Which certainly counts for something given how wrenching the team's 2011 campaign has been both on and off the field. Frank McCourt's divorce and financial chicanery have driven Dodger fans away in such droves that the team finished its home schedule with 627,179 fewer paying customers than last year, a drop of 17.6 percent that's projected to cost the Dodgers at least $27 million; that figure becomes higher once a good chunk of people decide not to renew their season tickets so long as McCourt litigiously clings to the reins. General manager Ned Colletti's roster mismanagement has been absolutely brutal, and rookie manager Don Mattingly has abetted Colletti's worst tendencies by giving scrubs Aaron Miles and Phony Gwynn over 800 plate appearances between them, about half in the top third of the lineup.

And yet between the baselines, the Dodgers have managed not to shame themselves. At 39-27, they have the league's fourth-best record since the All-Star break, behind only the Brewers, Diamondbacks, and Phillies. Since August 16 (selective endpoint alert) they're a league-best 25-12, including 11-6 against Milwaukee, Arizona, Atlanta, and San Francisco. Kemp and Kershaw have led the way, with youngsters such as Dee Gordon and Jerry Sands recovering from early struggles to pencil their way into next year's picture, and James Loney insinuating himself into a return as well, for better or (likely) worse. There's always danger in reading too much into late-season performance given the variable quality of competition; some teams (like last year's Dodgers under Joe Torre) become so laden with injuries, C-grade replacements, and/or apathy that they just pack it in.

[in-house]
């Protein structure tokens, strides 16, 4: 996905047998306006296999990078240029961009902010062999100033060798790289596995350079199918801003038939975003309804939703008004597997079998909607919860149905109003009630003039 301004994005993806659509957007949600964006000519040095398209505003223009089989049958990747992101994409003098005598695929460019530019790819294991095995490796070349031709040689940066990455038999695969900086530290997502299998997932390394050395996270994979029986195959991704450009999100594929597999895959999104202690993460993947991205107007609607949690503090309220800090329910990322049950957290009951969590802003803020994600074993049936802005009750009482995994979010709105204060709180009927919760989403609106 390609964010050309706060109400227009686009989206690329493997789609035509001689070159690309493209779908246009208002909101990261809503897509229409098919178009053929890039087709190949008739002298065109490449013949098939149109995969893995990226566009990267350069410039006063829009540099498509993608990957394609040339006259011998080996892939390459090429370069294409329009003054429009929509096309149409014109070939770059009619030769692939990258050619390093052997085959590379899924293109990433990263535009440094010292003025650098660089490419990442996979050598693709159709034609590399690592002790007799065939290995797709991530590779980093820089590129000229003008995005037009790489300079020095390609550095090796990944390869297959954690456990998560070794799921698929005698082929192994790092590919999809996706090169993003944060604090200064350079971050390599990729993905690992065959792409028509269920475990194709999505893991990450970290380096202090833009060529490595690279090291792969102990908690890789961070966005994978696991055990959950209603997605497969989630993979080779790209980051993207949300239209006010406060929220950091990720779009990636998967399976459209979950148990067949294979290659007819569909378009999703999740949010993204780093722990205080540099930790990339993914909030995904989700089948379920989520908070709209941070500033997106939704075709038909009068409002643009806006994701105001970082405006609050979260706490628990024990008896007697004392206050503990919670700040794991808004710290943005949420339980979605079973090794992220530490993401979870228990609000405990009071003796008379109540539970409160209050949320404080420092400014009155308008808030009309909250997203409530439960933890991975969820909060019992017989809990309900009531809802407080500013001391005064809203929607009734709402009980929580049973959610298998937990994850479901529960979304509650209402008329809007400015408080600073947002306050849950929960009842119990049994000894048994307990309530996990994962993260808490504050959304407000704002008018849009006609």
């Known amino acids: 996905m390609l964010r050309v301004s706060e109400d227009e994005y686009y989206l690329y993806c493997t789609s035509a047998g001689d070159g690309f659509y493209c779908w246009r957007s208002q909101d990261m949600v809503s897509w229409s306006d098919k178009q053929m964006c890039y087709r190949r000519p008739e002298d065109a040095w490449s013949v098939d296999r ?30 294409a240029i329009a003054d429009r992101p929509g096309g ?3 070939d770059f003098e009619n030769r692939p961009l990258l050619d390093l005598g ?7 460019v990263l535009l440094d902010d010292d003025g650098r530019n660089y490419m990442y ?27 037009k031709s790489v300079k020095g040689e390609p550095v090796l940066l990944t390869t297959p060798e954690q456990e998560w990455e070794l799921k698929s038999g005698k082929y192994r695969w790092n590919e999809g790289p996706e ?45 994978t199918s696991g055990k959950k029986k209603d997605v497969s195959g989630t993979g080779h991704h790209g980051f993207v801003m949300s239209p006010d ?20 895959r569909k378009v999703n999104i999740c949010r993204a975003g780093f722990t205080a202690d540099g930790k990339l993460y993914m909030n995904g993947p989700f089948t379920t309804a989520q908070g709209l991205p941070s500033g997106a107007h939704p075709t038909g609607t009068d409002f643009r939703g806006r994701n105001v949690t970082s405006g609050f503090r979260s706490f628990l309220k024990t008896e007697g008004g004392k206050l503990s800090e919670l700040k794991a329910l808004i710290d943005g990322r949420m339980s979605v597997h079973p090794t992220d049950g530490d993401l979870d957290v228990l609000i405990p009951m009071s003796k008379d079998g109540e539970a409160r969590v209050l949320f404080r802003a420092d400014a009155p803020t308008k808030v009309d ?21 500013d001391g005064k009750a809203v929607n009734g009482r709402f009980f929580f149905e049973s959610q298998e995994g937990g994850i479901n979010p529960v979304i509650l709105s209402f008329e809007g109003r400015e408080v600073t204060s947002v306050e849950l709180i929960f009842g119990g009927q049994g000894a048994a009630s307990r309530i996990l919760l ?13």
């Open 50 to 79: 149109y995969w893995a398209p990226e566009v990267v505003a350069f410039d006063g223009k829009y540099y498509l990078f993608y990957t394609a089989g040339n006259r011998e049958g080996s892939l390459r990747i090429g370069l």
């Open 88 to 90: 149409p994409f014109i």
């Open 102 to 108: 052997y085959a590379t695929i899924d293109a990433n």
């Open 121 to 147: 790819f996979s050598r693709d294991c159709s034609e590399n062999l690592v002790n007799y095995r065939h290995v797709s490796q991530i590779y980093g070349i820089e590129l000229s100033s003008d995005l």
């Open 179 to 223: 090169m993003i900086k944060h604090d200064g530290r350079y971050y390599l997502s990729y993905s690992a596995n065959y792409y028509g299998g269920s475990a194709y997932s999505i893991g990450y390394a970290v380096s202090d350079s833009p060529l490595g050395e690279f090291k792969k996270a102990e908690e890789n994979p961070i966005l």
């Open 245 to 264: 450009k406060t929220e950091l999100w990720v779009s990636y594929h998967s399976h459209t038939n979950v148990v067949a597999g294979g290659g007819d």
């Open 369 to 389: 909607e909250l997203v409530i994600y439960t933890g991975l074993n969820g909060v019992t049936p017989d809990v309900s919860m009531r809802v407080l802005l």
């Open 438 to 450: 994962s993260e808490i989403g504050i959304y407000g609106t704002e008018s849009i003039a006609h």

It's a feather in Mattingly's cap that the Dodgers haven't resorted to that, because they had every reason to by midsummer. More than anything else, it's a testament to the team's two stars, that they do have the power to lift this sorry lot out of its bleak abyss. Were it not for Kershaw and Kemp, this Dodger season would be best remembered by getting blackout drunk. Instead, it's something special, no matter where the stats and hardware end up. Now that's value.  

Jay Jaffe is an author of Baseball Prospectus. 
Click here to see Jay's other articles. You can contact Jay by clicking here